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MG MGB Technical - Handbrake Compensator - Banjo Axle

I was dismantling the handbrake compensator on my banjo axle this afternoon.

I tried to loosen the outside nut, but the fulcrum rotated and the inner nut came undone. Despite this, the fulcrum would not come out.

I refitted the inner nut and tightened it. I was then able to undone the outer nut and remove the compensator levers and various washers.

I undid the inner nut again, but the fulcrum would not come out. It rotates and can be wiggled, but that's all.

Is there a trick to removing it, or is it just a case of brute force?

Dave O'Neill 2

The compensator is over 45 years old and has probably never been apart. A good dose of penetrating oil and a bit of heat should, along with a bit of force, get it to come apart eventually. RAY
rjm RAY

If the fulcrum turns in the lever, as seems likely from your description, it won't be seized but it could well have a wear groove that the lever is caught on somehow.
Paul Hunt

The bracket on the axle is threaded too, I think. What often happens though, is the first few threads on the fulcrum get worn down from repeated action if the rear nut isn't done tightly. This results in slight bending, ovaling, grooves etc on the fulcrum. All can cause it to be moveable but not removeable. Try unscrewing it, but then brute force may have to come into play. They do sell the fulcrums new but i'm not sure they actually fit. I seem to recall they didn't.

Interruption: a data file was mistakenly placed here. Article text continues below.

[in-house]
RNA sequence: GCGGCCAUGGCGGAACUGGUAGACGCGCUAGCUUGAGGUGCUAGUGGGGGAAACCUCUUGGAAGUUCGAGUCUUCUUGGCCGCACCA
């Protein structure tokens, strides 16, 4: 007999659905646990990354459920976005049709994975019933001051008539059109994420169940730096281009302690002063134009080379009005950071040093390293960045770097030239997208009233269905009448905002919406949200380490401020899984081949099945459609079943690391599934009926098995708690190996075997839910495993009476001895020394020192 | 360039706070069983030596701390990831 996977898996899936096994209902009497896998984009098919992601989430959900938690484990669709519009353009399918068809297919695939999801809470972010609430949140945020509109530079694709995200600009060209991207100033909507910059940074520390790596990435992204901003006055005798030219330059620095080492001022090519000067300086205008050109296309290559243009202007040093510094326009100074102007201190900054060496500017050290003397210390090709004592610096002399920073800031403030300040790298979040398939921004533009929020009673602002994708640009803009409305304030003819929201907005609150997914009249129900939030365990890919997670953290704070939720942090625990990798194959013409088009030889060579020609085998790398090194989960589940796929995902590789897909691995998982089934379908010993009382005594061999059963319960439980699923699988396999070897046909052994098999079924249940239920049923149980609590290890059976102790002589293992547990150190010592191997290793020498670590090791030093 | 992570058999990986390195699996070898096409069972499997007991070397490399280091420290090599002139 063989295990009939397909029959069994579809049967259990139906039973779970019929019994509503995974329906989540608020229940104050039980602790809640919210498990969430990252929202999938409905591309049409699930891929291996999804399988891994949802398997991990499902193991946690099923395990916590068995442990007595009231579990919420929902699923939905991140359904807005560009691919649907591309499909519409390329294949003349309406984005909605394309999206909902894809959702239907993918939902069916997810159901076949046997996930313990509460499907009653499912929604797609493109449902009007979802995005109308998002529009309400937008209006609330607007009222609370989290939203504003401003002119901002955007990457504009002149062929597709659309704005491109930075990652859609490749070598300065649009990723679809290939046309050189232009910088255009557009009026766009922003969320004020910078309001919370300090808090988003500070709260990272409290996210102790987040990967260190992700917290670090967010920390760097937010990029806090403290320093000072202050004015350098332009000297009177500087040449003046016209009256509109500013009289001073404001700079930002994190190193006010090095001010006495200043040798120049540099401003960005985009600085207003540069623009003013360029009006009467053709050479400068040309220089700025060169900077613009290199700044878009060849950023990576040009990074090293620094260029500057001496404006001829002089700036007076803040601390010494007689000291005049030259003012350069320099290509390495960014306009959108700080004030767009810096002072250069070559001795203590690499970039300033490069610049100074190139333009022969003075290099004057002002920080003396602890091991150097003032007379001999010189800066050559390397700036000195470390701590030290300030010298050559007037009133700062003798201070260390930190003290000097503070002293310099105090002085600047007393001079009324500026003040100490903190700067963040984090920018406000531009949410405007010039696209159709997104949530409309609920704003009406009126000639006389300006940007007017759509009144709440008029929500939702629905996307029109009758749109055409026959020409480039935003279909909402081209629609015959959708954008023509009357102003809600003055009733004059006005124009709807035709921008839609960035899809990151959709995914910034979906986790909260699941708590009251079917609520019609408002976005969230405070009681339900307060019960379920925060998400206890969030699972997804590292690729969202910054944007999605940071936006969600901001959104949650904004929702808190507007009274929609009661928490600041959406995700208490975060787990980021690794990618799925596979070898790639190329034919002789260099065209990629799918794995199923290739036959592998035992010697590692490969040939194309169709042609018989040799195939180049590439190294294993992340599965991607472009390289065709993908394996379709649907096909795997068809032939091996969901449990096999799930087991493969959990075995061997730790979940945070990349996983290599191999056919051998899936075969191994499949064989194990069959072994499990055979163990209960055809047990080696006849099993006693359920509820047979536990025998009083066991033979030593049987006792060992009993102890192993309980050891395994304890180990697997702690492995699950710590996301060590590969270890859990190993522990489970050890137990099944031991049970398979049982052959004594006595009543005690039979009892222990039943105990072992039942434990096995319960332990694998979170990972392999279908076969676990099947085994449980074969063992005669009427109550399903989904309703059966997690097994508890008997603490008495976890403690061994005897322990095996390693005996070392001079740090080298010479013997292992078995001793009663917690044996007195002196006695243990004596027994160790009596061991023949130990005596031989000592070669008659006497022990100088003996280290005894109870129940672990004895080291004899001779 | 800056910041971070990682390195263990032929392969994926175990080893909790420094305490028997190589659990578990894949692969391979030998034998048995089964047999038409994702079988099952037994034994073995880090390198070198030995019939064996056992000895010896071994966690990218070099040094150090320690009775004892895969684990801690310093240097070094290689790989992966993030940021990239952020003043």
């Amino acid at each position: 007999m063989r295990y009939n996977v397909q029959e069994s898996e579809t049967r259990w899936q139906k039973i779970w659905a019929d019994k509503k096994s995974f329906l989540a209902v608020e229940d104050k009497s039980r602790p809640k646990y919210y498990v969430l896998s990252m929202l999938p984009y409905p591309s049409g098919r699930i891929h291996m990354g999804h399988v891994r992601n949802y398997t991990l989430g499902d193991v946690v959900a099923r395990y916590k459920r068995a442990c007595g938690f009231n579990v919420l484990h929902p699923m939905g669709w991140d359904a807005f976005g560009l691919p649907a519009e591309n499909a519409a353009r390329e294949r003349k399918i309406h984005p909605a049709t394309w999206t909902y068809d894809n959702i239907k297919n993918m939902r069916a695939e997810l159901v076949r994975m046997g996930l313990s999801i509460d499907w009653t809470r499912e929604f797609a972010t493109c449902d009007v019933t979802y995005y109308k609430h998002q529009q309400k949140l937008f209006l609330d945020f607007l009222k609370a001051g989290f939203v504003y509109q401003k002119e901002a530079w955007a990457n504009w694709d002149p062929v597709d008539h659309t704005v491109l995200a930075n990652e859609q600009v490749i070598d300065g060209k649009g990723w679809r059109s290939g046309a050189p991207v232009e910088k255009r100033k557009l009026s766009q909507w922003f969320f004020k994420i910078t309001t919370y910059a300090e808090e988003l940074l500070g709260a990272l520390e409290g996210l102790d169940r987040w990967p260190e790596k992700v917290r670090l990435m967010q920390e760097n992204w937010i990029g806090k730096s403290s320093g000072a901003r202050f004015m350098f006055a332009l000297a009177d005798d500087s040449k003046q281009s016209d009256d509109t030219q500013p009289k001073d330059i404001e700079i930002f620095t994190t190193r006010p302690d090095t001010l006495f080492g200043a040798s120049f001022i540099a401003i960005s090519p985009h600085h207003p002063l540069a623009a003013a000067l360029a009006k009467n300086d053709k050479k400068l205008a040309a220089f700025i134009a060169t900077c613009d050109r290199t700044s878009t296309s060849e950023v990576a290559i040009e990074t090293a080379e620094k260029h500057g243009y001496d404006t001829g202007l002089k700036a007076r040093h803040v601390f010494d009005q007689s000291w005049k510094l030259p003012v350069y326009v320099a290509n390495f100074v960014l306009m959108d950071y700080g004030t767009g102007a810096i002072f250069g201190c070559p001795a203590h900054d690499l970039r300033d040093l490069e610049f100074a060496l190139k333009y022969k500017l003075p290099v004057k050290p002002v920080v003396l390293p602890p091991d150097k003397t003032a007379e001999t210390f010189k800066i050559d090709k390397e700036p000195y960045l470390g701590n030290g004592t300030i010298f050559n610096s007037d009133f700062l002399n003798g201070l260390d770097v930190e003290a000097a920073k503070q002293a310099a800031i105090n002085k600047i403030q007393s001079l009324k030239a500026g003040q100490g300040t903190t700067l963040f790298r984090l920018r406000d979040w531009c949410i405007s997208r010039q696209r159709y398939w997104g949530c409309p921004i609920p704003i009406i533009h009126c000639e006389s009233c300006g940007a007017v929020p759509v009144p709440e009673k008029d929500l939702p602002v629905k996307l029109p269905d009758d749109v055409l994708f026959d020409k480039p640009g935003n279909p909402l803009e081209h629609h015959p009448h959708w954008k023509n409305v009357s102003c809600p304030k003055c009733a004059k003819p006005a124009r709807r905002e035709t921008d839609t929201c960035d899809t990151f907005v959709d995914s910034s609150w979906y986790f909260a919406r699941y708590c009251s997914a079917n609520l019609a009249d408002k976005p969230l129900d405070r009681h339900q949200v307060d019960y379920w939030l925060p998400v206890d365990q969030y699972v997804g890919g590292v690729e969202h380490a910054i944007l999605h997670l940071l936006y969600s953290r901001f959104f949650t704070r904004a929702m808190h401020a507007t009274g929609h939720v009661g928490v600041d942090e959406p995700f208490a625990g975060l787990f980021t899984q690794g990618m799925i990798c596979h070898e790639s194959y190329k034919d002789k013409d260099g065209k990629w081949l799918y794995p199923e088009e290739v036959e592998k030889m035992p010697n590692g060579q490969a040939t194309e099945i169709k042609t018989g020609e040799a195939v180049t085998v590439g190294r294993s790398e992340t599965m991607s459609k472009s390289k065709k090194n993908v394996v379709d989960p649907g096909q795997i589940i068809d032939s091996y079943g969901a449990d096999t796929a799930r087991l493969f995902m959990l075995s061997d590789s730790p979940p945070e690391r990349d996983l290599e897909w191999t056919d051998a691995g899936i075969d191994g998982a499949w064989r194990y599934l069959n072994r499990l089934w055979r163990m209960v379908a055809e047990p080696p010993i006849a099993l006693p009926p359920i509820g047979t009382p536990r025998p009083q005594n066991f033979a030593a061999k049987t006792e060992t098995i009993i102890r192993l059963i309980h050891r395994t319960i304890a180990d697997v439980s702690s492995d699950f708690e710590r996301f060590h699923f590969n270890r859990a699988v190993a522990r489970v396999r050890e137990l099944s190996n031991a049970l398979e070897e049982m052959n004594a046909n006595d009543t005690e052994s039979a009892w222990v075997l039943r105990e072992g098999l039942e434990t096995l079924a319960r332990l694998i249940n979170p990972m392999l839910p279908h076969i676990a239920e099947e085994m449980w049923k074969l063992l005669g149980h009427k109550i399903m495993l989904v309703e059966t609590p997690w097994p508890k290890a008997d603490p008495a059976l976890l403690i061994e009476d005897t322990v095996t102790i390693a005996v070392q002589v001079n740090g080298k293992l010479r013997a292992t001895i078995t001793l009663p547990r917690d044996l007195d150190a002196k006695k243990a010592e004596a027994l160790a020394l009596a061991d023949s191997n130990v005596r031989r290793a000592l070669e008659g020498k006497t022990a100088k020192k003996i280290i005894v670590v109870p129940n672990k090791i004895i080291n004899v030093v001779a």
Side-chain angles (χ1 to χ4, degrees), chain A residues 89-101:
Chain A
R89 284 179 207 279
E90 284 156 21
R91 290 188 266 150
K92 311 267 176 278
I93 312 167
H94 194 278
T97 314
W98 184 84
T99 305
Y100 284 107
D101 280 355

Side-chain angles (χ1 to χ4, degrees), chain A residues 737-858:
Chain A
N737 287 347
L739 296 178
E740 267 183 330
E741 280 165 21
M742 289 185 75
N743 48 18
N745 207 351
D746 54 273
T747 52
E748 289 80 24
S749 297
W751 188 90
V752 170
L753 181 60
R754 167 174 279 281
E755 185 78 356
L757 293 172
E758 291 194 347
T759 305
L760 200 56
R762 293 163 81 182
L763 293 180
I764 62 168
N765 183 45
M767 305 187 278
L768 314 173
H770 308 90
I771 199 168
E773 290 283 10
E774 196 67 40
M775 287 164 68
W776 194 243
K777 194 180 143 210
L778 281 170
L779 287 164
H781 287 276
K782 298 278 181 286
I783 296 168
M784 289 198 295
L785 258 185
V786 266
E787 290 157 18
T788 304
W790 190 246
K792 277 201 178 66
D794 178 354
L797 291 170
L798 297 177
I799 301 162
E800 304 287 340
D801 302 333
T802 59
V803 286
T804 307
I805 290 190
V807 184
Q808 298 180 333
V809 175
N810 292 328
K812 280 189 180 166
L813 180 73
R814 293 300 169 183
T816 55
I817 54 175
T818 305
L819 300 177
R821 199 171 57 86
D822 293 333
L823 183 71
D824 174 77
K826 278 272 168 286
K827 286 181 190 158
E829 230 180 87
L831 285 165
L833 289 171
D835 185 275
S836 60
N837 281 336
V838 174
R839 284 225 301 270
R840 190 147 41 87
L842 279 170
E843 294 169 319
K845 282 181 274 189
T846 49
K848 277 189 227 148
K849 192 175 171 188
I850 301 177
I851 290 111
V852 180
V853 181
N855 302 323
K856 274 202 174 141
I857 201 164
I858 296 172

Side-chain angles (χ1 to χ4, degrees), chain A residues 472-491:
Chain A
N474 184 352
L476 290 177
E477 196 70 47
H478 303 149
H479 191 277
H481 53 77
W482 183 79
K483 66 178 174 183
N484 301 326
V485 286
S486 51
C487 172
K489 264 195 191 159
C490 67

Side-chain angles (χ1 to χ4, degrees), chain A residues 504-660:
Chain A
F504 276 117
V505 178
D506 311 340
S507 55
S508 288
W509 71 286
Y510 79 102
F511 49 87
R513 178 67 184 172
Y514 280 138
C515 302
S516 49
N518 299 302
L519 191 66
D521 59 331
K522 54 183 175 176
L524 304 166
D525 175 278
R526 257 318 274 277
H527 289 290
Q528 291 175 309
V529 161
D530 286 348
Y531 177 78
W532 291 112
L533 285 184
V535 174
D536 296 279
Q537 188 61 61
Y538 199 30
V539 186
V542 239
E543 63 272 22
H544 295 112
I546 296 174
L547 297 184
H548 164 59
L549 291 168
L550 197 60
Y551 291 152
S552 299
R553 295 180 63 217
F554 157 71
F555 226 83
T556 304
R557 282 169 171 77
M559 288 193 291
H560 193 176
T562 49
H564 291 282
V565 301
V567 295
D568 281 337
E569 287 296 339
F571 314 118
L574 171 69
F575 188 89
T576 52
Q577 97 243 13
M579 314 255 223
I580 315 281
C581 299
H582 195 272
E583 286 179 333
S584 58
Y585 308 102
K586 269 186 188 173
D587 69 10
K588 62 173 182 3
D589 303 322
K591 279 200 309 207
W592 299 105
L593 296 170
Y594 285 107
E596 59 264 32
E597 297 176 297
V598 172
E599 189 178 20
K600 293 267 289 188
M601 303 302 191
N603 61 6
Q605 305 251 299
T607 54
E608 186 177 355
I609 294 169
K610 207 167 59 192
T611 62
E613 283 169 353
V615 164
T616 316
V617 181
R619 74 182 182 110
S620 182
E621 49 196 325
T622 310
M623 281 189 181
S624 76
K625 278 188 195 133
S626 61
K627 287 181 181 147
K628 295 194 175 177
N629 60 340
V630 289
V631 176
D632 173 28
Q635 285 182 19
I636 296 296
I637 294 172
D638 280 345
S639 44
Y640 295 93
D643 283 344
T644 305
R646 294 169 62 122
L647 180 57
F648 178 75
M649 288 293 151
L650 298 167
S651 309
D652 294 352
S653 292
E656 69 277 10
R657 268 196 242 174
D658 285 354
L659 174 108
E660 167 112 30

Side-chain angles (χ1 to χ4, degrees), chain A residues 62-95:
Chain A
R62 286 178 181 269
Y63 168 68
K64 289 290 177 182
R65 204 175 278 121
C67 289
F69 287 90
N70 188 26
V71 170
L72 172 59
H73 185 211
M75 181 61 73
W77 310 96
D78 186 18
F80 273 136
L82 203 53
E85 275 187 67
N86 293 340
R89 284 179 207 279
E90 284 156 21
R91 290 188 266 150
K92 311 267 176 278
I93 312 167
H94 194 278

I read your problem as the lever sections are removed without the fulcrum stuck in them, and it simply remains on the axle bracket alone. If i'm wrong, then it's probably as Paul says (very similar problem further up the shaft!)

Do you actually need to remove it? It doesn't sound damaged or unservicable.

It is indeed still attached to the axle.

My only reason for removing it is to de-rust and paint the axle.

I did try unscrewing it with a couple of nuts locked onto the other end, but no joy.

I'll try and 'pull' it out tomorrow.

Dave O'Neill 2

Clearer now. Try forcing a wedge between the axle and the inner end of the fulcrum while you unscrew it.
Paul Hunt

I've had another attempt at removing it, but it's still not co-operating, so it looks like I'll have to clean and paint around it!

As I had given up on removing the fulcrum, I decided to replace the differential pinion seal, as it has obviously been leaking and the drive flange needs painting, also.

I put a socket on it, along with my 2ft+ bar, expecting it to put up a fight. It came undone remarkably easily. I had marked the relative positions of the pinion and the nut before I'd started, so I decided to tighten it again and try to undo it with my torque wrench.

I tried it at 50lb/ft and it came undone without clicking, so I reduced it to 40, then 30 with the same result.

I haven't used my torque wrench in 'undo' mode before, so I don't know how accurate it is.

I do have another torque wrench with a pointer, so I decided to try that. It is graduated in NM and came undone at 85, which equates to just under 63lb/ft, apparently. Hmmmm!
Dave O'Neill 2

Some click torque wrenches (like mine) don't have the torque function when the ratchet is reversed. Although the banjo nut is supposed to be done to 135 to 140 ft lb don't be tempted to turn it any further than the original position, just daub it well with Loctite.

Paul Hunt

This thread was discussed between 06/04/2015 and 21/04/2015

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